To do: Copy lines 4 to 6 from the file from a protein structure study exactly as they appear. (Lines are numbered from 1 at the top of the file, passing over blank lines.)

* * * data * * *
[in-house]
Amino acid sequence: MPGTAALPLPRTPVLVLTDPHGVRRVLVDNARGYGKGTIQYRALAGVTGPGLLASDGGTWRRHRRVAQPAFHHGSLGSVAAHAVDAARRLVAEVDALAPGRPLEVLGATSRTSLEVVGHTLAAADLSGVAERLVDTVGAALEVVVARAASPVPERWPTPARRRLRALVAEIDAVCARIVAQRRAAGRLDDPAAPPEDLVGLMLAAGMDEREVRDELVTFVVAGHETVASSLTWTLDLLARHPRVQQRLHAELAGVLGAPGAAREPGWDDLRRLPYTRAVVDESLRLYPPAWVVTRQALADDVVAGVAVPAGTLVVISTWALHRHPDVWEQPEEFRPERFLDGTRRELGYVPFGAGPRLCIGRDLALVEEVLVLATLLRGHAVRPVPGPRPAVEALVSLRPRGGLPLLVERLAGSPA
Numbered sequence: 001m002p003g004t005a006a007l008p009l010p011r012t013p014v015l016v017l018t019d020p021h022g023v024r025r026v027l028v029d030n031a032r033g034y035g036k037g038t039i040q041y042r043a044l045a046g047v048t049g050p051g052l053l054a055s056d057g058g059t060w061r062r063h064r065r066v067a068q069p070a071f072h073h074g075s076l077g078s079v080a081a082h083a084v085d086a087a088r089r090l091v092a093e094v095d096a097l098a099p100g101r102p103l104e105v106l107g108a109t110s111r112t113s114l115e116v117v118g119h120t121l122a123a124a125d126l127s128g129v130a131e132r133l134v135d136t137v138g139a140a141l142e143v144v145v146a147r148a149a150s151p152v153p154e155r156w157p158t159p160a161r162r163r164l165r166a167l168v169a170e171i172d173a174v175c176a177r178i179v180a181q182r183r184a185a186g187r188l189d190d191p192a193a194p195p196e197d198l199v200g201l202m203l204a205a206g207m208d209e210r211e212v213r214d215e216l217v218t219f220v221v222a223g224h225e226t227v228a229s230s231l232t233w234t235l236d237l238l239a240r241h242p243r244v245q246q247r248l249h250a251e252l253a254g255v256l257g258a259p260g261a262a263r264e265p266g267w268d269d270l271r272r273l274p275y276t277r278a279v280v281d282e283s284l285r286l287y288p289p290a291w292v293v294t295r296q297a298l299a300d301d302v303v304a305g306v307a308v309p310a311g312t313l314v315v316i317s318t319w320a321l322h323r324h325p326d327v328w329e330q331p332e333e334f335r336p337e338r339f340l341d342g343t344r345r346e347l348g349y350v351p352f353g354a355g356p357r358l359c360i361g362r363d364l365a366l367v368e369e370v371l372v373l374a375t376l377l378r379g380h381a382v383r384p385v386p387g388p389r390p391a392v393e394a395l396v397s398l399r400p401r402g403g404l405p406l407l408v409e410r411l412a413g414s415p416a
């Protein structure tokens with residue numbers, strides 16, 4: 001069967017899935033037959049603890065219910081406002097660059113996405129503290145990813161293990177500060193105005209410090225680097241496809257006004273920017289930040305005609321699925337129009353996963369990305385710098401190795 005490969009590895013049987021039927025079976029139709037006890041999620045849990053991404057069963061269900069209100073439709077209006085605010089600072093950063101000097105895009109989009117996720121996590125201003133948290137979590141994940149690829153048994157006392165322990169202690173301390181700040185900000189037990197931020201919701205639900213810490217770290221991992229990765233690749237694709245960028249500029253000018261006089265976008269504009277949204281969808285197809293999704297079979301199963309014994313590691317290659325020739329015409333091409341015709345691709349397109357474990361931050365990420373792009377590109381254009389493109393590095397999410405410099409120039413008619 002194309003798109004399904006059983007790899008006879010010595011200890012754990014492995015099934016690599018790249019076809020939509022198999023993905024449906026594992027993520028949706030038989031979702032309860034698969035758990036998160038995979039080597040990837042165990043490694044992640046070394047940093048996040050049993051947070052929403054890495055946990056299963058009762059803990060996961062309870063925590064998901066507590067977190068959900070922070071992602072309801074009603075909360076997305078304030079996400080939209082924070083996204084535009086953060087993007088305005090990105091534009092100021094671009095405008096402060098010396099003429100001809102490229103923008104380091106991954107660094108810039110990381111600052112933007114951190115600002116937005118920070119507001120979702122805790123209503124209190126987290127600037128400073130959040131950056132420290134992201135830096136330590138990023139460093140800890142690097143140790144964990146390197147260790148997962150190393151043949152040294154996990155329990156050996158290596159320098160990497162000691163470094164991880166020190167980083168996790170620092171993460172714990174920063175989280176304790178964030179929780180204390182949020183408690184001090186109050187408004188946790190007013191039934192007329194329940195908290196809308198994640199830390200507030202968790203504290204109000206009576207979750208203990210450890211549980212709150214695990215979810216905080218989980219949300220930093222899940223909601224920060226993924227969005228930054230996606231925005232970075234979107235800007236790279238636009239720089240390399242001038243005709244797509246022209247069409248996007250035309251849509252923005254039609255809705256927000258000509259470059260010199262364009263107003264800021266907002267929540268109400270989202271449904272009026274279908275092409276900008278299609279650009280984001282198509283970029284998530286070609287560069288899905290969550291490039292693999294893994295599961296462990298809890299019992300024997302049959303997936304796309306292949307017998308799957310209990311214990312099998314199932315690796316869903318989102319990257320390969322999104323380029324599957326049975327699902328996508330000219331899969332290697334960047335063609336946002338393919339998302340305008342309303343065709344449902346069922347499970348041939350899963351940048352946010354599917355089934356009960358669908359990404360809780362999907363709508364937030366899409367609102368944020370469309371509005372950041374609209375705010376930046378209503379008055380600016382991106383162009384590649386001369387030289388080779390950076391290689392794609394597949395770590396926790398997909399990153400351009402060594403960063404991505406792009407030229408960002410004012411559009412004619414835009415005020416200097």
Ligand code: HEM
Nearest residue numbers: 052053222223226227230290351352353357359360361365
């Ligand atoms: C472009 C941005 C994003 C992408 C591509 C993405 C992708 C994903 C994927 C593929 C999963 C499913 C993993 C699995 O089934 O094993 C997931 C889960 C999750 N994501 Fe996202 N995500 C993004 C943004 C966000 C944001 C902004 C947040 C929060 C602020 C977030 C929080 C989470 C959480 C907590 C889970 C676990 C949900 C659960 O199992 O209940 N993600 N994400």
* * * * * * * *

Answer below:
């Protein structure tokens with residue numbers, strides 16, 4: 001069967017899935033037959049603890065219910081406002097660059113996405129503290145990813161293990177500060193105005209410090225680097241496809257006004273920017289930040305005609321699925337129009353996963369990305385710098401190795 005490969009590895013049987021039927025079976029139709037006890041999620045849990053991404057069963061269900069209100073439709077209006085605010089600072093950063101000097105895009109989009117996720121996590125201003133948290137979590141994940149690829153048994157006392165322990169202690173301390181700040185900000189037990197931020201919701205639900213810490217770290221991992229990765233690749237694709245960028249500029253000018261006089265976008269504009277949204281969808285197809293999704297079979301199963309014994313590691317290659325020739329015409333091409341015709345691709349397109357474990361931050365990420373792009377590109381254009389493109393590095397999410405410099409120039413008619 002194309003798109004399904006059983007790899008006879010010595011200890012754990014492995015099934016690599018790249019076809020939509022198999023993905024449906026594992027993520028949706030038989031979702032309860034698969035758990036998160038995979039080597040990837042165990043490694044992640046070394047940093048996040050049993051947070052929403054890495055946990056299963058009762059803990060996961062309870063925590064998901066507590067977190068959900070922070071992602072309801074009603075909360076997305078304030079996400080939209082924070083996204084535009086953060087993007088305005090990105091534009092100021094671009095405008096402060098010396099003429100001809102490229103923008104380091106991954107660094108810039110990381111600052112933007114951190115600002116937005118920070119507001120979702122805790123209503124209190126987290127600037128400073130959040131950056132420290134992201135830096136330590138990023139460093140800890142690097143140790144964990146390197147260790148997962150190393151043949152040294154996990155329990156050996158290596159320098160990497162000691163470094164991880166020190167980083168996790170620092171993460172714990174920063175989280176304790178964030179929780180204390182949020183408690184001090186109050187408004188946790190007013191039934192007329194329940195908290196809308198994640199830390200507030202968790203504290204109000206009576207979750208203990210450890211549980212709150214695990215979810216905080218989980219949300220930093222899940223909601224920060226993924227969005228930054230996606231925005232970075234979107235800007236790279238636009239720089240390399242001038243005709244797509246022209247069409248996007250035309251849509252923005254039609255809705256927000258000509259470059260010199262364009263107003264800021266907002267929540268109400270989202271449904272009026274279908275092409276900008278299609279650009280984001282198509283970029284998530286070609287560069288899905290969550291490039292693999294893994295599961296462990298809890299019992300024997302049959303997936304796309306292949307017998308799957310209990311214990312099998314199932315690796316869903318989102319990257320390969322999104323380029324599957326049975327699902328996508330000219331899969332290697334960047335063609336946002338393919339998302340305008342309303343065709344449902346069922347499970348041939350899963351940048352946010354599917355089934356009960358669908359990404360809780362999907363709508364937030366899409367609102368944020370469309371509005372950041374609209375705010376930046378209503379008055380600016382991106383162009384590649386001369387030289388080779390950076391290689392794609394597949395770590396926790398997909399990153400351009402060594403960063404991505406792009407030229408960002410004012411559009412004619414835009415005020416200097």
Ligand code: HEM
Nearest residue numbers: 052053222223226227230290351352353357359360361365